Flags at White House return to full staff after brief tribute to Sen. McCain
WASHINGTON - U.S. flags at the White House returned to full staff on Monday morning as the nation continued to mourn the death of Sen. John McCain, R-Ariz.
The flags were lowered Saturday night following McCain's death from brain cancer, but President Donald Trump did not issue a proclamation that typically calls for flags to remain at half staff through the day of interment. Plans call for McCain, a former Navy pilot, to be buried Sunday in the cemetery on the grounds of the U.S. Naval Academy in Annapolis.
Karen Travers tweeted "Flags at the White House were lowered to half staff this weekend for the passing of John McCain but this morning they are back to full staff.
"There was no official proclamation from President Trump (as he has done in the past for other notable figures passing)"
Flags at the White House were lowered to half staff this weekend for the passing of John McCain but this morning they are back to full staff.
There was no official proclamation from President Trump (as he has done in the past for other notable figures passing) pic.twitter.com/rmUO6xbtrp
— Karen Travers (@karentravers) August 27, 2018
Flags at the U.S. Capitol, where he served two terms in the House and six terms in the Senate, remained at half staff on Monday morning.
Trump and McCain had a bitter relationship that lasted through McCain's final days.
Following the senator's death, Trump posted a tweet that offered his "deepest sympathies and respect" to McCain's family but made no mention of McCain's storied service in the military and in the Senate.
The Washington Post reported Sunday that Trump had rejected the advice of top aides who advocated for an official statement that gave the decorated Vietnam War POW plaudits for his military and Senate service and called him a "hero."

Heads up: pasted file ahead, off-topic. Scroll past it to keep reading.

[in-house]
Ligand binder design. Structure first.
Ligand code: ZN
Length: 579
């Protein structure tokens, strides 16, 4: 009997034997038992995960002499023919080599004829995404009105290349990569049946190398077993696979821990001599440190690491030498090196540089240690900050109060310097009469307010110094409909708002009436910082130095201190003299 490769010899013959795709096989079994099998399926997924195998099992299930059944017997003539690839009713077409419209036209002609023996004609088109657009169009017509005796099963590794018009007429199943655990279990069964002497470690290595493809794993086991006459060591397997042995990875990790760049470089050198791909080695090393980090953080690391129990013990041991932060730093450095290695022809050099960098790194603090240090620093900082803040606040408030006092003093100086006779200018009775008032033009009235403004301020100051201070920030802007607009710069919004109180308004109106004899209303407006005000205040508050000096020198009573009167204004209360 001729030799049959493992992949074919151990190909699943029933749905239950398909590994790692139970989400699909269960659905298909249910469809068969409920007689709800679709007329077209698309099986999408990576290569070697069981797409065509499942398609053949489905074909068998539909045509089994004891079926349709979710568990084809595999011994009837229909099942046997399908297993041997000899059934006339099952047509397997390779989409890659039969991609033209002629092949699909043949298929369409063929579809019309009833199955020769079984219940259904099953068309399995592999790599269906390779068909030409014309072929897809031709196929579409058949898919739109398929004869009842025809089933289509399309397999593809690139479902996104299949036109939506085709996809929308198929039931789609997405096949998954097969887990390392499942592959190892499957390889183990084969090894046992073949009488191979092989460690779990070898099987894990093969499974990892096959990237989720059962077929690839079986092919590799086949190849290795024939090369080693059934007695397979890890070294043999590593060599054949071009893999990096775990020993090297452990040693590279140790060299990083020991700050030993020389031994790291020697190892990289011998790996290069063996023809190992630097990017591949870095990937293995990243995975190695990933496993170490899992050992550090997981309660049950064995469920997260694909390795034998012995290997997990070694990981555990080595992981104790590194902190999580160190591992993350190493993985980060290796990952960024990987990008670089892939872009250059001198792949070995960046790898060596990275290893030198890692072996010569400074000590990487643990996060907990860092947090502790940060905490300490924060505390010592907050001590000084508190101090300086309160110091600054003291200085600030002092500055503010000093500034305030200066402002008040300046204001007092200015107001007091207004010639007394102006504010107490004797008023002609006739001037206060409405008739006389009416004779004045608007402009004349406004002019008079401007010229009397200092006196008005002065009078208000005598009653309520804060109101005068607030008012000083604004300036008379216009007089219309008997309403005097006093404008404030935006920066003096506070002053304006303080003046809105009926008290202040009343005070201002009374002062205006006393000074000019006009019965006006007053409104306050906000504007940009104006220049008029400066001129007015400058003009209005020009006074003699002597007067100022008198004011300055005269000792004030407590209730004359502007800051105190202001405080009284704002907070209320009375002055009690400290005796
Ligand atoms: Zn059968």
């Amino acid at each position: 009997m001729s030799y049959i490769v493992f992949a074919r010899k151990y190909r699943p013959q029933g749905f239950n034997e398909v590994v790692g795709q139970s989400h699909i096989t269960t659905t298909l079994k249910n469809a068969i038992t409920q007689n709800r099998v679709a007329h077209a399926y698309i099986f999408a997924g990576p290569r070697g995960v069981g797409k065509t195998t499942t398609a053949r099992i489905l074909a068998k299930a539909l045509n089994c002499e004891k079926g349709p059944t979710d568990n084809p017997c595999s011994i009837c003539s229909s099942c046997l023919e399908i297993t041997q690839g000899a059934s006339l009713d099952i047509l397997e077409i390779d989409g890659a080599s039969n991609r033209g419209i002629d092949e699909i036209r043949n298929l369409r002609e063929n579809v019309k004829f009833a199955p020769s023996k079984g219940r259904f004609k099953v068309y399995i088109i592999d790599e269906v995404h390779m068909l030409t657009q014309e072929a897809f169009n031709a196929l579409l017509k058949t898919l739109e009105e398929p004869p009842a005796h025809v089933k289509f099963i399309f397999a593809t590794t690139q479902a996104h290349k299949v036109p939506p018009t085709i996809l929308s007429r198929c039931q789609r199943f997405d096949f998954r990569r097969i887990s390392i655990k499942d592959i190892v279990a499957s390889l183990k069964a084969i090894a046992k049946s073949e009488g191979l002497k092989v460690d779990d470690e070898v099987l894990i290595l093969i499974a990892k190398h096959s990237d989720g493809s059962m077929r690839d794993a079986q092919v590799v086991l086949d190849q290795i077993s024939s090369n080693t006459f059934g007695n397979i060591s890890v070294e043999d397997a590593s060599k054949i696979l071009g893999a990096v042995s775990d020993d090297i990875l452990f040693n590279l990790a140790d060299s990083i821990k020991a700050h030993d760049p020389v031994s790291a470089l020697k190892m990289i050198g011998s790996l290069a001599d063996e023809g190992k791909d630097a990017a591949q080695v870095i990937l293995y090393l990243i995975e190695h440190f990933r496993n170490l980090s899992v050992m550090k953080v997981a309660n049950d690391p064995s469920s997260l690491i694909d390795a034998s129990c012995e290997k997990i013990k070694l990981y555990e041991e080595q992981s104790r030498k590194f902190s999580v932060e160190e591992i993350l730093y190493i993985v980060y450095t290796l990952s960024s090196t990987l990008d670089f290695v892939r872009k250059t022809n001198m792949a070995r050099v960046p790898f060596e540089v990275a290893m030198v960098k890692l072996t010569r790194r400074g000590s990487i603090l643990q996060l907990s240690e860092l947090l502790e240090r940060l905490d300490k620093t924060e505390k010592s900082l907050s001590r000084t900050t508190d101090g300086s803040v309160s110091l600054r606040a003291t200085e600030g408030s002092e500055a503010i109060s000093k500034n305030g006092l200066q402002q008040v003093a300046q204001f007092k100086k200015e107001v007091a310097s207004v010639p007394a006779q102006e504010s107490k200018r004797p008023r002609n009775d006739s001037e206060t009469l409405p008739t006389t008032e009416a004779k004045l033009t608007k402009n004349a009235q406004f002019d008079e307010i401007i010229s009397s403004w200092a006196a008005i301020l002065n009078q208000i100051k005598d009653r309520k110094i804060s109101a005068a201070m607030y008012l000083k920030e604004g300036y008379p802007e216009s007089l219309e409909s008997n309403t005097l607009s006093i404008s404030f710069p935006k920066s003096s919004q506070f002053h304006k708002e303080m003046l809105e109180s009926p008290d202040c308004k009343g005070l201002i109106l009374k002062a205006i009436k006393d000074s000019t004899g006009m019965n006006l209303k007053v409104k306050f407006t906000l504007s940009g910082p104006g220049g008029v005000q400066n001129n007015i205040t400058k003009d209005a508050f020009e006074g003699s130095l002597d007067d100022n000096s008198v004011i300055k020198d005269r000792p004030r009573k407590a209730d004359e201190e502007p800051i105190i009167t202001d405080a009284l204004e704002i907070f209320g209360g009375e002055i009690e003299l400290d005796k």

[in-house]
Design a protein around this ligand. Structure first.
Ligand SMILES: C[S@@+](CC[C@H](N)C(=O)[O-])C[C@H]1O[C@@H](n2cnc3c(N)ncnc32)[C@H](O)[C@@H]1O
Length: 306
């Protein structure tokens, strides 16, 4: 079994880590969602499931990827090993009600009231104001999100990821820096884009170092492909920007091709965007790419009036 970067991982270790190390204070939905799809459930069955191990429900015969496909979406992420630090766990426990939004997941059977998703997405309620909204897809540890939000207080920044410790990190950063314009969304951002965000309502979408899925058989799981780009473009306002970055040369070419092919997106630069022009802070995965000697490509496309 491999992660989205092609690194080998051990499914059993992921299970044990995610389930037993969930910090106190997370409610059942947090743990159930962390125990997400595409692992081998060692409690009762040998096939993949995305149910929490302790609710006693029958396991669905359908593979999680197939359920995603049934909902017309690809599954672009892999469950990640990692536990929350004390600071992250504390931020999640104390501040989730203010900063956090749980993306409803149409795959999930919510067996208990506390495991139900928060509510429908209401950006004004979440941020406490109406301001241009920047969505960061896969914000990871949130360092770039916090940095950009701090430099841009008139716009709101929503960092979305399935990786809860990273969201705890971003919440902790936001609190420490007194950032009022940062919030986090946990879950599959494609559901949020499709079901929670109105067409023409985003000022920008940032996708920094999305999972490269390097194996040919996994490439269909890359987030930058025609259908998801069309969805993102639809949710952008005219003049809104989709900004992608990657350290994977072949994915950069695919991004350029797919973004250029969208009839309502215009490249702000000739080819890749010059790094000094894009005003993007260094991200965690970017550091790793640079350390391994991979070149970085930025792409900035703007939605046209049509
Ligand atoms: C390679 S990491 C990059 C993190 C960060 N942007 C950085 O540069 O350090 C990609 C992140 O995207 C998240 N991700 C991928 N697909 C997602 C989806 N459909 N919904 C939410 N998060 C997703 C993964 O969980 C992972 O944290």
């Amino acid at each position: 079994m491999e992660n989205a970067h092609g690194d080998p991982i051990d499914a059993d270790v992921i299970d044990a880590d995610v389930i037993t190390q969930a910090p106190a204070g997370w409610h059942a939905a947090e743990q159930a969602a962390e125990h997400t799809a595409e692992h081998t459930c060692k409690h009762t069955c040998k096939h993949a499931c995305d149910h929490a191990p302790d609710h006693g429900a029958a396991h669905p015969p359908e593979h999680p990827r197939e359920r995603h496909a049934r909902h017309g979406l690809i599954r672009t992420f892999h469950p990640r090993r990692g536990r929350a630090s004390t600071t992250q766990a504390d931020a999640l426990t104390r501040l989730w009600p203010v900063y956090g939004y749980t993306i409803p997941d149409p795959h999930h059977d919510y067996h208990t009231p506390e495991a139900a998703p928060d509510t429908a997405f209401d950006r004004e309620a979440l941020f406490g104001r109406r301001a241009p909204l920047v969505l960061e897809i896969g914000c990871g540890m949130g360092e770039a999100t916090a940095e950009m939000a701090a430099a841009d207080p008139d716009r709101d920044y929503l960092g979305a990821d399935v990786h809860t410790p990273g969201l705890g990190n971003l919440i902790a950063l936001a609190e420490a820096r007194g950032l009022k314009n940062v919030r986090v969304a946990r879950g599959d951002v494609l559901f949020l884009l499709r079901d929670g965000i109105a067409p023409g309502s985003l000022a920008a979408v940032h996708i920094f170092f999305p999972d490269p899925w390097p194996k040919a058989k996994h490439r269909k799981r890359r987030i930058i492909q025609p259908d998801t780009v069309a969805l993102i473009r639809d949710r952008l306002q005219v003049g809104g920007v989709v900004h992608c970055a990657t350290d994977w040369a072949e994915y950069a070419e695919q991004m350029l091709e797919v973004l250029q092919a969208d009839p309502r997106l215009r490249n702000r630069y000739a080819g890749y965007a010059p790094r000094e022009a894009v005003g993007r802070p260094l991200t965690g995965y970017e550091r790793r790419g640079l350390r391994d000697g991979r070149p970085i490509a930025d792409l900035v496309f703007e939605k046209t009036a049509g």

Marc Short, Trump's former legislative director, said the president faced "a little bit of a situation of a Catch 22" when deciding how to respond to McCain's death.
"If the president put out a flowery statement about John McCain's life, the media would criticize it and say it's not consistent with the other things he's said in the past, and it would become a story about the president," Short said during an appearance on CNN.
Short said he personally considers McCain "an American hero who served our country nobly."
Throughout McCain's illness, Trump continued to publicly snub him - including at a recent appearance in which the president declined to say McCain's name when signing a bill that was named for him. Trump earlier disparaged McCain's Vietnam War service, saying he was "not a war hero" despite spending more than five years as a POW and enduring torture. McCain's plane was shot down over Hanoi in 1967 during a bombing run.
Throughout Trump's presidency, McCain did not hesitate to speak candidly about policy differences with Trump, including the president's friendly posture toward Russian President Vladimir Putin.
Over the weekend, Maryland Gov. Larry Hogan, R, ordered the Maryland state flag to be lowered to half-staff in honor of McCain until his burial on Sunday.
This article was written by John Wagner, a reporter for The Washington Post. The Washington Post's Josh Dawsey contributed to this report.